About 1,000 Bangladeshi authors and teachers marched through the streets of the capital, Dhaka, on Tuesday, asserting their right to free speech days after a hard-line religious group attacked writers and publishers critical of fundamentalist beliefs and its impact on secular society.
Bangladesh is in the throes of a violent struggle between groups bent on turning the Muslim-majority nation into one based on their interpretation of Islamic law, on the one hand, and Prime Minister Sheikh Hasina, determined to root out violent ideologies, on the other.
On Saturday men hacked a publisher to death in his office in Dhaka, hours after similar attacks on two writers and another publisher.
Despite the climate of fear caused by the attacks that follow the killings of four secularist bloggers this year, writers turned out in large numbers for the rally in Dhaka.
"No one is safe. First they killed bloggers. Now they are targeting publishers. Soon they will attack anyone who is progressive-minded," said Khaledur Rahman, an author who is facing death threats.
A branch of Al-Qaeda claimed responsibility for the attacks, but police said they have not been able to verify that claim.
Police joint commissioner Monirul Islam said investigators were looking closely at a home-grown group, Ansarullah Bangla Team (ABT), because the latest attacks bore the hallmarks of earlier killings of bloggers for which it took responsibility.
The little-known group wants its interpretation of Islamic law imposed in secular Bangladesh and has vowed to kill critics of its ideology.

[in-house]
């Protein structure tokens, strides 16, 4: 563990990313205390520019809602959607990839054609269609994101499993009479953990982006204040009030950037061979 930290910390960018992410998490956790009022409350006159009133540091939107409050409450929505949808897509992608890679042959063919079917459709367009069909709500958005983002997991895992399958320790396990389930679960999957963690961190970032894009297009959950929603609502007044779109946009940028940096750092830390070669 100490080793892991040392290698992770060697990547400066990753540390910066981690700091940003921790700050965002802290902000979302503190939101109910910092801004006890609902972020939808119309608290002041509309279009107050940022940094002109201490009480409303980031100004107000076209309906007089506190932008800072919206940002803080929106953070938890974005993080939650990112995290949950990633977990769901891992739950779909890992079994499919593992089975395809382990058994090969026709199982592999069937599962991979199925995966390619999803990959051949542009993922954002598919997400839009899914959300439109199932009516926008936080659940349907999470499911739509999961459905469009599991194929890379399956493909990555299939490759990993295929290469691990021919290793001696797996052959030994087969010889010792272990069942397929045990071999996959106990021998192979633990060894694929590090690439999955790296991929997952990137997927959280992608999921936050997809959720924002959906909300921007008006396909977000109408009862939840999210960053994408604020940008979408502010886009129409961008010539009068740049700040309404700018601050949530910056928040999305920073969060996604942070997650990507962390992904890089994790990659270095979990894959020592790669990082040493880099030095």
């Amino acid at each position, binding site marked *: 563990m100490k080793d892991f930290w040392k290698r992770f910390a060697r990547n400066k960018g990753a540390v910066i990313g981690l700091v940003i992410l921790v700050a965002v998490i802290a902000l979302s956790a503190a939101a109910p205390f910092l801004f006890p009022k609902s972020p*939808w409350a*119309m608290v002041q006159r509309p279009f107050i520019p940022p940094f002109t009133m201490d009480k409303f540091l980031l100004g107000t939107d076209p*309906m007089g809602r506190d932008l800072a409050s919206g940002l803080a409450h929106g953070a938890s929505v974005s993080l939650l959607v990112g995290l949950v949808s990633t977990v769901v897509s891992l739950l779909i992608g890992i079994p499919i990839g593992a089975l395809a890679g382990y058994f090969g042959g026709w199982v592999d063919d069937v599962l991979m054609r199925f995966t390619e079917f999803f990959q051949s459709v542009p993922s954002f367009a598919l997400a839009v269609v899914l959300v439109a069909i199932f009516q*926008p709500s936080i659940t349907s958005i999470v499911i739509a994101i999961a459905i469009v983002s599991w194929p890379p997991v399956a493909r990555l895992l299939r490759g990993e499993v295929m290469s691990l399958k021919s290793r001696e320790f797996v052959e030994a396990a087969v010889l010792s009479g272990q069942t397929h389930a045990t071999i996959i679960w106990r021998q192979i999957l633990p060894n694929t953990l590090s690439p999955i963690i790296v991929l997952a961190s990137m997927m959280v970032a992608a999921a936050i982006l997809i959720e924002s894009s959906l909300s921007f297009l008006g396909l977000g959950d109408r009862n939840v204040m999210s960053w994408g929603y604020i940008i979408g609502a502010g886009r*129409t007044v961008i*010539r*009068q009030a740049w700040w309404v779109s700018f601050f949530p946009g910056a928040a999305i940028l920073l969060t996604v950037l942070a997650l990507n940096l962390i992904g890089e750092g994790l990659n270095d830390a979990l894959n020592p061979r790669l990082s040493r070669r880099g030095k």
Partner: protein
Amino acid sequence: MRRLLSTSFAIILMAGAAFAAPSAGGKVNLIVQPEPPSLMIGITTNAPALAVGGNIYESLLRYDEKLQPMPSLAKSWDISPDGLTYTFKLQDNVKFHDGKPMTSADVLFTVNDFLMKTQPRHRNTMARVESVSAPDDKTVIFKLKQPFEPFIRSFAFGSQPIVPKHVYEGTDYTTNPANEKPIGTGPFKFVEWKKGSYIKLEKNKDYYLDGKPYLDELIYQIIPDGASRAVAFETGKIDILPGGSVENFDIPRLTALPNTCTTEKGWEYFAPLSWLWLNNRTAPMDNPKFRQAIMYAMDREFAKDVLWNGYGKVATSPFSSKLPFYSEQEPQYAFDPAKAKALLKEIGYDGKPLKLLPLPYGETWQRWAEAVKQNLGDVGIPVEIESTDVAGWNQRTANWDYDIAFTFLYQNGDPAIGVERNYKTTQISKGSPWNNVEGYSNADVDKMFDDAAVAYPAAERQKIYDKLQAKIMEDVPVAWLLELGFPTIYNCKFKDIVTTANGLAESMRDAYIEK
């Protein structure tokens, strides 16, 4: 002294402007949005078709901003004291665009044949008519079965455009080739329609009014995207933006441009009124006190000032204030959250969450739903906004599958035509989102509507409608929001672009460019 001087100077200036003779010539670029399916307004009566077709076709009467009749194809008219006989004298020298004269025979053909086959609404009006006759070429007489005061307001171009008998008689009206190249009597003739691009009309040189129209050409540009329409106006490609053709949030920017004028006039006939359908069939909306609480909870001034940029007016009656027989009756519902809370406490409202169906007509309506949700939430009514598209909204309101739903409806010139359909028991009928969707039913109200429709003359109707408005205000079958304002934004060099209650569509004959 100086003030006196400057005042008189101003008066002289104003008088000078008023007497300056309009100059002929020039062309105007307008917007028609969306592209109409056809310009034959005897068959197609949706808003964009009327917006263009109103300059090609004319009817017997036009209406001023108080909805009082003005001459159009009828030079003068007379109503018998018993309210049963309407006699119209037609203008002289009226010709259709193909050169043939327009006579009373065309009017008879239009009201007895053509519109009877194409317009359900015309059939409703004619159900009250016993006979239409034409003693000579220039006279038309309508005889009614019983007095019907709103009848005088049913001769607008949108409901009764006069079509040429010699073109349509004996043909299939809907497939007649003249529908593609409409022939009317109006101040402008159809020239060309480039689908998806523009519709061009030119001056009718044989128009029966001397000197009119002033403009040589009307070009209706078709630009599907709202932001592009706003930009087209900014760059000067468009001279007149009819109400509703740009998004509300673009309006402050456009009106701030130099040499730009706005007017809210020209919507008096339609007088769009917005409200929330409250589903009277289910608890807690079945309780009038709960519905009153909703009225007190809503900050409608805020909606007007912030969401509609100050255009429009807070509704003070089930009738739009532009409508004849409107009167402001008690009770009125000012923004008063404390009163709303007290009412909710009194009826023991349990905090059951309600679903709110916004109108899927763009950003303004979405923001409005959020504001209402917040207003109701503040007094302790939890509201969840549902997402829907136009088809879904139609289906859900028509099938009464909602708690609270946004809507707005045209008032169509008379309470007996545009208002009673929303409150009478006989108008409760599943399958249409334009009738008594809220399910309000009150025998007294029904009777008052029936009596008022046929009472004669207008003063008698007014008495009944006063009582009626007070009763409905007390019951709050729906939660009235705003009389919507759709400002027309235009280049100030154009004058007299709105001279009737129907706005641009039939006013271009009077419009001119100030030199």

"They just tell these youths that the bloggers are the enemies of Islam. Nobody has read the blogs. They just blindly follow what the ABT says," said a police investigator.
Tensions have risen in Bangladesh since Hasina ordered Islamic leaders suspected of atrocities during the 1971 war of independence from Pakistan to be put on trial for war crimes.
Her rivals say she is settling political scores by hunting down members of Jamaat-e-Islami, an ally of the main opposition group headed by former Prime Minister Khaleda Zia.
The latest conviction, of former opposition Minister Salauddin Quader Chowdhury for war crimes, has reignited protests that the trials are politically motivated.
U.S. Sen. Patrick Leahy, in a letter to the Bangladeshi Embassy in Washington, said Chowdhury was denied the opportunity to present evidence to the war crimes tribunal that he was out of the country at the time of the alleged offenses.